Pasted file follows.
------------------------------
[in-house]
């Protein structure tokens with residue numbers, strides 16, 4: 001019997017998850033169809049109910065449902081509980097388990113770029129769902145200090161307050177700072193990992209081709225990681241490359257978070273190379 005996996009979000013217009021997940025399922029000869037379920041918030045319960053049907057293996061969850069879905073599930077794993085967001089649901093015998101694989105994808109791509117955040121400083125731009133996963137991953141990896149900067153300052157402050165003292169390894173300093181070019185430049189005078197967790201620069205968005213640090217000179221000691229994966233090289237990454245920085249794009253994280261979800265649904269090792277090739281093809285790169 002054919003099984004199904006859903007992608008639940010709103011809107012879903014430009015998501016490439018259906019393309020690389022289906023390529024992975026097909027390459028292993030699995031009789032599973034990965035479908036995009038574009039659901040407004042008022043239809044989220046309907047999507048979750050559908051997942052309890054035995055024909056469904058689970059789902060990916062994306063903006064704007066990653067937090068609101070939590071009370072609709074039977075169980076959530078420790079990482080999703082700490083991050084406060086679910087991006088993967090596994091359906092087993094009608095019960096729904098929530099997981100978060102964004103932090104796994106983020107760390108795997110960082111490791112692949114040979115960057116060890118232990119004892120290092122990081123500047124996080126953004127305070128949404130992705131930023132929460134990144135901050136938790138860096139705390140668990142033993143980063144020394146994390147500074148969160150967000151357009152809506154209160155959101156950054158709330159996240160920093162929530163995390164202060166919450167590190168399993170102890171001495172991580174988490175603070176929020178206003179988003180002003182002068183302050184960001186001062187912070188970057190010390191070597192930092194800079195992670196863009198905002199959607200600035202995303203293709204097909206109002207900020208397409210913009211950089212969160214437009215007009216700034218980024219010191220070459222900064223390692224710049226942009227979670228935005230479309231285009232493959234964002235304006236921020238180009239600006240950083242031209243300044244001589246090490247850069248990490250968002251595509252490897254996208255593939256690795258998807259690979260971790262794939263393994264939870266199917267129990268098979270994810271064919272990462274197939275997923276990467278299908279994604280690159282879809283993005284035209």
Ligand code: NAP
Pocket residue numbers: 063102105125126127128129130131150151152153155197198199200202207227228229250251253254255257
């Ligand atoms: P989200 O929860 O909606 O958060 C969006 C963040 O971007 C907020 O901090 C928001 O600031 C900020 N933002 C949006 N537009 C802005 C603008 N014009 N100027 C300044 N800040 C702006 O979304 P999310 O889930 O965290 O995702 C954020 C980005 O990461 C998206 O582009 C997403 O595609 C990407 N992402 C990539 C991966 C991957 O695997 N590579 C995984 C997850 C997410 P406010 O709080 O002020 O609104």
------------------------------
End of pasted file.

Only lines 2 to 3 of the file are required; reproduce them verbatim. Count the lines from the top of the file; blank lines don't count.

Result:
């Protein structure tokens with residue numbers, strides 16, 4: 001019997017998850033169809049109910065449902081509980097388990113770029129769902145200090161307050177700072193990992209081709225990681241490359257978070273190379 005996996009979000013217009021997940025399922029000869037379920041918030045319960053049907057293996061969850069879905073599930077794993085967001089649901093015998101694989105994808109791509117955040121400083125731009133996963137991953141990896149900067153300052157402050165003292169390894173300093181070019185430049189005078197967790201620069205968005213640090217000179221000691229994966233090289237990454245920085249794009253994280261979800265649904269090792277090739281093809285790169 002054919003099984004199904006859903007992608008639940010709103011809107012879903014430009015998501016490439018259906019393309020690389022289906023390529024992975026097909027390459028292993030699995031009789032599973034990965035479908036995009038574009039659901040407004042008022043239809044989220046309907047999507048979750050559908051997942052309890054035995055024909056469904058689970059789902060990916062994306063903006064704007066990653067937090068609101070939590071009370072609709074039977075169980076959530078420790079990482080999703082700490083991050084406060086679910087991006088993967090596994091359906092087993094009608095019960096729904098929530099997981100978060102964004103932090104796994106983020107760390108795997110960082111490791112692949114040979115960057116060890118232990119004892120290092122990081123500047124996080126953004127305070128949404130992705131930023132929460134990144135901050136938790138860096139705390140668990142033993143980063144020394146994390147500074148969160150967000151357009152809506154209160155959101156950054158709330159996240160920093162929530163995390164202060166919450167590190168399993170102890171001495172991580174988490175603070176929020178206003179988003180002003182002068183302050184960001186001062187912070188970057190010390191070597192930092194800079195992670196863009198905002199959607200600035202995303203293709204097909206109002207900020208397409210913009211950089212969160214437009215007009216700034218980024219010191220070459222900064223390692224710049226942009227979670228935005230479309231285009232493959234964002235304006236921020238180009239600006240950083242031209243300044244001589246090490247850069248990490250968002251595509252490897254996208255593939256690795258998807259690979260971790262794939263393994264939870266199917267129990268098979270994810271064919272990462274197939275997923276990467278299908279994604280690159282879809283993005284035209």
Ligand code: NAP